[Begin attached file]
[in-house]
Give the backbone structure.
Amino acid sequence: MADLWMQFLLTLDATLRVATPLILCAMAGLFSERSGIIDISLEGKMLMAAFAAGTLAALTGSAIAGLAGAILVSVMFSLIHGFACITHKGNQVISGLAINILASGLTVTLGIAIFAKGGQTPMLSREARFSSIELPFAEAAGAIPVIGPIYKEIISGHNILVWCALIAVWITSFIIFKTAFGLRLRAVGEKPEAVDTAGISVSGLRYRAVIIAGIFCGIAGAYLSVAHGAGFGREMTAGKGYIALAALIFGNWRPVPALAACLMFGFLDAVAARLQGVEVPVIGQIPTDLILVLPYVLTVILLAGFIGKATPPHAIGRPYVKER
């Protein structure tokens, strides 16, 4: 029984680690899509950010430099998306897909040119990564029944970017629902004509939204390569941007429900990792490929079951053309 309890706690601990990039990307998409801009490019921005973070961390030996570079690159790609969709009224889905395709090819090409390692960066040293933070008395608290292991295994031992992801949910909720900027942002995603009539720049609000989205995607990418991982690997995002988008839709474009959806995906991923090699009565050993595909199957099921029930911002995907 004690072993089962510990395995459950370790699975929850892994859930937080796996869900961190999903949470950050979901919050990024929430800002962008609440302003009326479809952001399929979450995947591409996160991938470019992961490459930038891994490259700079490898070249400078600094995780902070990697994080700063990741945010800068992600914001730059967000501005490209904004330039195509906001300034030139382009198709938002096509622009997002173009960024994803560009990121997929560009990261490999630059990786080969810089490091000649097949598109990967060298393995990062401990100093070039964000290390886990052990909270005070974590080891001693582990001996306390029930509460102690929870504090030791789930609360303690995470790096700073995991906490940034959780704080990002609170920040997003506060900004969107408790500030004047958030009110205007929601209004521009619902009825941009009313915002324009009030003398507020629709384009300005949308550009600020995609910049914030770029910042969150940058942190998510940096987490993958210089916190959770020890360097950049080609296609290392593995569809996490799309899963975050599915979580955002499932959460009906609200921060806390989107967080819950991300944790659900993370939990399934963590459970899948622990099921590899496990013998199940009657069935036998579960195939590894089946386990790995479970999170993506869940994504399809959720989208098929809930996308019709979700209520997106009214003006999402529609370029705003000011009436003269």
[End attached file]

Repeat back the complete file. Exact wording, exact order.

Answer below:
[in-house]
Give the backbone structure.
Amino acid sequence: MADLWMQFLLTLDATLRVATPLILCAMAGLFSERSGIIDISLEGKMLMAAFAAGTLAALTGSAIAGLAGAILVSVMFSLIHGFACITHKGNQVISGLAINILASGLTVTLGIAIFAKGGQTPMLSREARFSSIELPFAEAAGAIPVIGPIYKEIISGHNILVWCALIAVWITSFIIFKTAFGLRLRAVGEKPEAVDTAGISVSGLRYRAVIIAGIFCGIAGAYLSVAHGAGFGREMTAGKGYIALAALIFGNWRPVPALAACLMFGFLDAVAARLQGVEVPVIGQIPTDLILVLPYVLTVILLAGFIGKATPPHAIGRPYVKER
């Protein structure tokens, strides 16, 4: 029984680690899509950010430099998306897909040119990564029944970017629902004509939204390569941007429900990792490929079951053309 309890706690601990990039990307998409801009490019921005973070961390030996570079690159790609969709009224889905395709090819090409390692960066040293933070008395608290292991295994031992992801949910909720900027942002995603009539720049609000989205995607990418991982690997995002988008839709474009959806995906991923090699009565050993595909199957099921029930911002995907 004690072993089962510990395995459950370790699975929850892994859930937080796996869900961190999903949470950050979901919050990024929430800002962008609440302003009326479809952001399929979450995947591409996160991938470019992961490459930038891994490259700079490898070249400078600094995780902070990697994080700063990741945010800068992600914001730059967000501005490209904004330039195509906001300034030139382009198709938002096509622009997002173009960024994803560009990121997929560009990261490999630059990786080969810089490091000649097949598109990967060298393995990062401990100093070039964000290390886990052990909270005070974590080891001693582990001996306390029930509460102690929870504090030791789930609360303690995470790096700073995991906490940034959780704080990002609170920040997003506060900004969107408790500030004047958030009110205007929601209004521009619902009825941009009313915002324009009030003398507020629709384009300005949308550009600020995609910049914030770029910042969150940058942190998510940096987490993958210089916190959770020890360097950049080609296609290392593995569809996490799309899963975050599915979580955002499932959460009906609200921060806390989107967080819950991300944790659900993370939990399934963590459970899948622990099921590899496990013998199940009657069935036998579960195939590894089946386990790995479970999170993506869940994504399809959720989208098929809930996308019709979700209520997106009214003006999402529609370029705003000011009436003269």